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HomeProfilesMarito's Coffee and Things: A family's tale of resilience and new beginnings

Marito’s Coffee and Things: A family’s tale of resilience and new beginnings

Marito lived a comfortable life with his wife, Lily, and their four children in the Philippines, but danger was knocking at his door.

They had a private driver, a gated property, and high-powered jobs. Marito worked as a political campaign advisor and liaison for political prisoners. Lily was the principal of an exclusive private school. And they were activists.

But they saw a dark future coming for their children.

Marito’s eldest daughter, Maria, remembers a night two gunmen came into their home looking for her father while her parents were away on a business trip.

“I can’t overstate how dangerous it felt being in that space,” she said.

Despite their hopes of making change in the Philippines, they “packed their lives into 12 boxes” and came to Canada to give their children a better life.

Now, Marito, 60, and Lily, 56, Mendoza are chasing their own dreams of operating a “happy” cafe in Whitby, Ont.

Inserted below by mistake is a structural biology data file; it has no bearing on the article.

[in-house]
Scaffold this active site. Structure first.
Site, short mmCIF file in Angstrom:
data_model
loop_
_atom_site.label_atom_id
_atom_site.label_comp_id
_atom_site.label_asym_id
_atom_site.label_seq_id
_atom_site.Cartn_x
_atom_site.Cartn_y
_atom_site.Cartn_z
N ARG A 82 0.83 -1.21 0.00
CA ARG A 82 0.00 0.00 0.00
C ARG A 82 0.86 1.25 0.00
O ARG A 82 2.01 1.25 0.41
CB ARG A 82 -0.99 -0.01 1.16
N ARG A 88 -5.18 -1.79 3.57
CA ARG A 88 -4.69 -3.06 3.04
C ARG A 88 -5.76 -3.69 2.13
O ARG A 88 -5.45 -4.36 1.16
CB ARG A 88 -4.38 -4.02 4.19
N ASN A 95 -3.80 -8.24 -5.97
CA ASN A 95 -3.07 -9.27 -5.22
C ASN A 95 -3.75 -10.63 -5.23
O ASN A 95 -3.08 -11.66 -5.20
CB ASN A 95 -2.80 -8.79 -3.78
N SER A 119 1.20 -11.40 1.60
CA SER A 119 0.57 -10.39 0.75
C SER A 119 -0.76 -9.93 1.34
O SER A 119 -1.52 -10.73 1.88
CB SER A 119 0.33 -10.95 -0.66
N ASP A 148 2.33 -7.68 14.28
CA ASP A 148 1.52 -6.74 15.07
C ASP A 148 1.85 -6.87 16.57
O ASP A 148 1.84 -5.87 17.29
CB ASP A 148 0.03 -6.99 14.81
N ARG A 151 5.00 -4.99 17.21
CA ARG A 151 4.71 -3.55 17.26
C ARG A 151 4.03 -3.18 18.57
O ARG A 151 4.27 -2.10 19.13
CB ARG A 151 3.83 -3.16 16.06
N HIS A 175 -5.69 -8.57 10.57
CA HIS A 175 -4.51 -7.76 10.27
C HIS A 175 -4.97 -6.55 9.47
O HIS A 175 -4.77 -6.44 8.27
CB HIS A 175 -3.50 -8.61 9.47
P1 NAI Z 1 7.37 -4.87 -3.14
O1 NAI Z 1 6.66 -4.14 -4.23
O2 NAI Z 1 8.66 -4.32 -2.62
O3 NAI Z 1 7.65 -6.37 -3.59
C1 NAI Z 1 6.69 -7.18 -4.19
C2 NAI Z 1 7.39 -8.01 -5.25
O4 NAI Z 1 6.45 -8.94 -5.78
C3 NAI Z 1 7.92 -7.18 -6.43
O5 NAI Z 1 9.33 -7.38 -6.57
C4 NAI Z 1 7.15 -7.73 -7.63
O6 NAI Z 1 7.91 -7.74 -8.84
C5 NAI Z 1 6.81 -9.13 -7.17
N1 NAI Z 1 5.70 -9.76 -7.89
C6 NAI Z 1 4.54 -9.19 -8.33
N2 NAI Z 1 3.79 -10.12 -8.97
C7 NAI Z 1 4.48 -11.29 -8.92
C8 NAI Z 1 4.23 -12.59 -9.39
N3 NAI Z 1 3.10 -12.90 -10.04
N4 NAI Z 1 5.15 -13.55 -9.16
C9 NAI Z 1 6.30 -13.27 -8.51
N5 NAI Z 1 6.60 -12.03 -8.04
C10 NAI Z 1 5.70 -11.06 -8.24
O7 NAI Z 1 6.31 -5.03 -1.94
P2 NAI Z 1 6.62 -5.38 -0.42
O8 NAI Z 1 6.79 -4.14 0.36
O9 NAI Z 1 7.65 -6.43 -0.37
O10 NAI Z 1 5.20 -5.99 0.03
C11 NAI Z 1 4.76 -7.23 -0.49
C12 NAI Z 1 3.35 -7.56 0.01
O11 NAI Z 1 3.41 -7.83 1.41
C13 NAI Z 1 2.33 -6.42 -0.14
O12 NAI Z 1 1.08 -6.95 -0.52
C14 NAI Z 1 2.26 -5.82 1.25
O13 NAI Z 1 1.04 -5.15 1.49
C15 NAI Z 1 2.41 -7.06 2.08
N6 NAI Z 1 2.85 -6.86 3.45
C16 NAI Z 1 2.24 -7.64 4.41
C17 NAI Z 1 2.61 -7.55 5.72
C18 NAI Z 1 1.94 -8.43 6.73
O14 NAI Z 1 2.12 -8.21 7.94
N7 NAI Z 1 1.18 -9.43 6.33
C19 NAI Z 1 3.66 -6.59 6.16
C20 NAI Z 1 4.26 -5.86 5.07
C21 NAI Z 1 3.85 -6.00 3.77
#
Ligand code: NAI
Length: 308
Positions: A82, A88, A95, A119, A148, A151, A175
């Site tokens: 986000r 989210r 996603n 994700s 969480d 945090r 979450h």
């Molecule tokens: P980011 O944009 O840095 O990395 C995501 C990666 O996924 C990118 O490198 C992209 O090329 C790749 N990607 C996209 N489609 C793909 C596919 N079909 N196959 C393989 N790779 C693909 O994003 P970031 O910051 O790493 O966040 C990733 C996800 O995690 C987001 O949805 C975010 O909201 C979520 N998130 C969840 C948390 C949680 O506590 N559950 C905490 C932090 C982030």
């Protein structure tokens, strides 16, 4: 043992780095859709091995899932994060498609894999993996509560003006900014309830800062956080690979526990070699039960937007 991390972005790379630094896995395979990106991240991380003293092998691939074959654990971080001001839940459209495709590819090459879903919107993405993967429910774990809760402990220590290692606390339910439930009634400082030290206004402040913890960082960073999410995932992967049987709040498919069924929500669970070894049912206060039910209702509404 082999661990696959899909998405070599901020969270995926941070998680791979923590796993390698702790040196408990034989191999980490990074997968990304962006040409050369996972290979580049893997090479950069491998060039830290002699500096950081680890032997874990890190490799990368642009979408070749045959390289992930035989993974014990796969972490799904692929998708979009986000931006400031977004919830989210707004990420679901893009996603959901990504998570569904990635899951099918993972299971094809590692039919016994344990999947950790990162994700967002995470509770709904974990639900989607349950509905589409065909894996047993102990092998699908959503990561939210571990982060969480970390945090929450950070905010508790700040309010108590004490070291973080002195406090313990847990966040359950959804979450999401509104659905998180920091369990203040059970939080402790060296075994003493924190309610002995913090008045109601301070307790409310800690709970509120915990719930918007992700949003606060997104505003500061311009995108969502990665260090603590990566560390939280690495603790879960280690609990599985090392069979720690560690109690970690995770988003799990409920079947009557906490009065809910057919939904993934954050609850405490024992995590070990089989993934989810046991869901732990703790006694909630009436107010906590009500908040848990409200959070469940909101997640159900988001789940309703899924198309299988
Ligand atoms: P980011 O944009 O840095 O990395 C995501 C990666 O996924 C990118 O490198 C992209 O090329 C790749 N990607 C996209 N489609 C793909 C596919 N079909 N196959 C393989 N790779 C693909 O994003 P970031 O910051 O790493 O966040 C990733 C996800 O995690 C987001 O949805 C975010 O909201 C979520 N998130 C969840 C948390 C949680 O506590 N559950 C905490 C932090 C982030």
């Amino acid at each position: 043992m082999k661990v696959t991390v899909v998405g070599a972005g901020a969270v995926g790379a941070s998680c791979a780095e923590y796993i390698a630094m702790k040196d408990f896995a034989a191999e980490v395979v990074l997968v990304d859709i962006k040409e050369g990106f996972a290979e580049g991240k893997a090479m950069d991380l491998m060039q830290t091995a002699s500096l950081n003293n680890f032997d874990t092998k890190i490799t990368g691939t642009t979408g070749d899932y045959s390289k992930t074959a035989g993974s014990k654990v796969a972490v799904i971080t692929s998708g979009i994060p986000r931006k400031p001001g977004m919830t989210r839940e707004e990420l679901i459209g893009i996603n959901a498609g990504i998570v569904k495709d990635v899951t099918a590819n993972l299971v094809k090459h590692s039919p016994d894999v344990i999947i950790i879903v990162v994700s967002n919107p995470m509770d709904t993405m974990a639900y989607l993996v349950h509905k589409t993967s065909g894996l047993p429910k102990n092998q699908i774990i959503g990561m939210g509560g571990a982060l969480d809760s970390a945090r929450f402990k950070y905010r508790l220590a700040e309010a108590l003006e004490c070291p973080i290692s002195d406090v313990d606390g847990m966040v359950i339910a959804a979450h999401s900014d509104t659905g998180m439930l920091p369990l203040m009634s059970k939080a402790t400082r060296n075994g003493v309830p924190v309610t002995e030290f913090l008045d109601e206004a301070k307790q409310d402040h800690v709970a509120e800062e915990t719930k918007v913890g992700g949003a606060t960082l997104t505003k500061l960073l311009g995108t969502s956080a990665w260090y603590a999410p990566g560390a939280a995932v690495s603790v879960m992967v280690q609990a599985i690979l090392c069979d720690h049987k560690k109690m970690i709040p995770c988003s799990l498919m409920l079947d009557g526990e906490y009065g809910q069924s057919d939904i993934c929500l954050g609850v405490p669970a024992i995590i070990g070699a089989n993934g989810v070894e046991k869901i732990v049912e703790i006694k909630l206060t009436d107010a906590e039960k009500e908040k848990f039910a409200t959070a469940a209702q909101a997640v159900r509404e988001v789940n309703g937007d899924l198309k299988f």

“I was always having that vision of seeing myself having my own coffee shop,” Marito said. “It’s my dream.”

A close-up photo of a man pouring oat milk into a stainless steel milk pitcher for making espresso drinks.
Marito Mendoza, 60, pours oat milk into a pitcher to steam at his cafe, Marito's Coffee and Things, in Whitby, Ont. on Oct. 31. Mendoza offers several milk alternatives for customers who take their espresso drinks without dairy. The cafe doesn't have non-dairy food options for customers looking for a cow-free treat. Photo credit: Andrew Neary

But moving to Canada wasn’t easy, according to Lily.

She said, like many immigrants, they experienced “social demotion” and prejudice.

They were highly educated, each with a master’s degree, but she said they had to start over.

For their eldest daughter, Maria Mendoza Camba, 35, immigrating meant restarting her post-secondary education.

Before moving, she was studying law and lecturing at a university. So, she tried to continue her legal studies in Canada.

Maria said she went to a university fair, and a recruiter laughed at her and said, “Did you say you’re from the Philippines? You’re not going to get in. You’re just not good enough.”

According to Maria, the change was tough for her whole family, but her dad most of all.

“I think my dad was one of the hardest hit,” she said. “I remember him crying every single day.”